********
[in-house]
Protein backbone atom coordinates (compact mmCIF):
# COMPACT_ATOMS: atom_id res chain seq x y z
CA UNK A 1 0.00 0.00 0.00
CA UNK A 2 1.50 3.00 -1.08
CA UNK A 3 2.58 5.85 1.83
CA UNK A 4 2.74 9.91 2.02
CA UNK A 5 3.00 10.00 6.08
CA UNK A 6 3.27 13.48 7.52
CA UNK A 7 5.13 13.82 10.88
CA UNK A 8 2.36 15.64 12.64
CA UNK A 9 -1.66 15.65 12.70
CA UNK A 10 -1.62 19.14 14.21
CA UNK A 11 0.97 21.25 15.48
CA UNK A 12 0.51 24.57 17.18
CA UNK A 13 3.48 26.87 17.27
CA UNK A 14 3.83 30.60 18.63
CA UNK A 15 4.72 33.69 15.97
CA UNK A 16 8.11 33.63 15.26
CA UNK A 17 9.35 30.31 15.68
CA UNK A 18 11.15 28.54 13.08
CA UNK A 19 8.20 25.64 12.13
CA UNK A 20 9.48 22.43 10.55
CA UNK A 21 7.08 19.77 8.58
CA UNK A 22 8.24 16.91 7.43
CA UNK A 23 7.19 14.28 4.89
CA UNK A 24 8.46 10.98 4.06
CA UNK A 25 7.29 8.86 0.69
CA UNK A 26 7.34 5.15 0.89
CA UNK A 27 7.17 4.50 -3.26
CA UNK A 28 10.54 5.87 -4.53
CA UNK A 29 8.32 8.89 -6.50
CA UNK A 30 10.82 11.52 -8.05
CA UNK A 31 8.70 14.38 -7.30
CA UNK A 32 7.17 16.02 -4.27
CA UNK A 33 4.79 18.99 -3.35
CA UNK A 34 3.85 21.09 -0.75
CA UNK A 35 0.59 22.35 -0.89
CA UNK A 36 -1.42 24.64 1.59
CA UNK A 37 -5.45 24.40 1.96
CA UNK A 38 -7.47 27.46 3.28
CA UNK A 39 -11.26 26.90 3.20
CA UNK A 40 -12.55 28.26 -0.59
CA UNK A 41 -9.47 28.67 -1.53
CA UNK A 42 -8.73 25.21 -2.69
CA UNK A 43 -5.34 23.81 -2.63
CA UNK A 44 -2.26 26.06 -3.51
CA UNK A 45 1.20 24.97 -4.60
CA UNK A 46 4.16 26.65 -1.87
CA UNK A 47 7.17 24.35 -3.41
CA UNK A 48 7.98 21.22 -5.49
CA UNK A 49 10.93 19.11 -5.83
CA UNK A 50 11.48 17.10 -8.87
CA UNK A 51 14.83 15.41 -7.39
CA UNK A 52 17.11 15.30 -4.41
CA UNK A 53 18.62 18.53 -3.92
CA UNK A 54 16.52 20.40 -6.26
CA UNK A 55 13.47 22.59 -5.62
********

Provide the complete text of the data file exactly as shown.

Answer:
[in-house]
Protein backbone atom coordinates (compact mmCIF):
# COMPACT_ATOMS: atom_id res chain seq x y z
CA UNK A 1 0.00 0.00 0.00
CA UNK A 2 1.50 3.00 -1.08
CA UNK A 3 2.58 5.85 1.83
CA UNK A 4 2.74 9.91 2.02
CA UNK A 5 3.00 10.00 6.08
CA UNK A 6 3.27 13.48 7.52
CA UNK A 7 5.13 13.82 10.88
CA UNK A 8 2.36 15.64 12.64
CA UNK A 9 -1.66 15.65 12.70
CA UNK A 10 -1.62 19.14 14.21
CA UNK A 11 0.97 21.25 15.48
CA UNK A 12 0.51 24.57 17.18
CA UNK A 13 3.48 26.87 17.27
CA UNK A 14 3.83 30.60 18.63
CA UNK A 15 4.72 33.69 15.97
CA UNK A 16 8.11 33.63 15.26
CA UNK A 17 9.35 30.31 15.68
CA UNK A 18 11.15 28.54 13.08
CA UNK A 19 8.20 25.64 12.13
CA UNK A 20 9.48 22.43 10.55
CA UNK A 21 7.08 19.77 8.58
CA UNK A 22 8.24 16.91 7.43
CA UNK A 23 7.19 14.28 4.89
CA UNK A 24 8.46 10.98 4.06
CA UNK A 25 7.29 8.86 0.69
CA UNK A 26 7.34 5.15 0.89
CA UNK A 27 7.17 4.50 -3.26
CA UNK A 28 10.54 5.87 -4.53
CA UNK A 29 8.32 8.89 -6.50
CA UNK A 30 10.82 11.52 -8.05
CA UNK A 31 8.70 14.38 -7.30
CA UNK A 32 7.17 16.02 -4.27
CA UNK A 33 4.79 18.99 -3.35
CA UNK A 34 3.85 21.09 -0.75
CA UNK A 35 0.59 22.35 -0.89
CA UNK A 36 -1.42 24.64 1.59
CA UNK A 37 -5.45 24.40 1.96
CA UNK A 38 -7.47 27.46 3.28
CA UNK A 39 -11.26 26.90 3.20
CA UNK A 40 -12.55 28.26 -0.59
CA UNK A 41 -9.47 28.67 -1.53
CA UNK A 42 -8.73 25.21 -2.69
CA UNK A 43 -5.34 23.81 -2.63
CA UNK A 44 -2.26 26.06 -3.51
CA UNK A 45 1.20 24.97 -4.60
CA UNK A 46 4.16 26.65 -1.87
CA UNK A 47 7.17 24.35 -3.41
CA UNK A 48 7.98 21.22 -5.49
CA UNK A 49 10.93 19.11 -5.83
CA UNK A 50 11.48 17.10 -8.87
CA UNK A 51 14.83 15.41 -7.39
CA UNK A 52 17.11 15.30 -4.41
CA UNK A 53 18.62 18.53 -3.92
CA UNK A 54 16.52 20.40 -6.26
CA UNK A 55 13.47 22.59 -5.62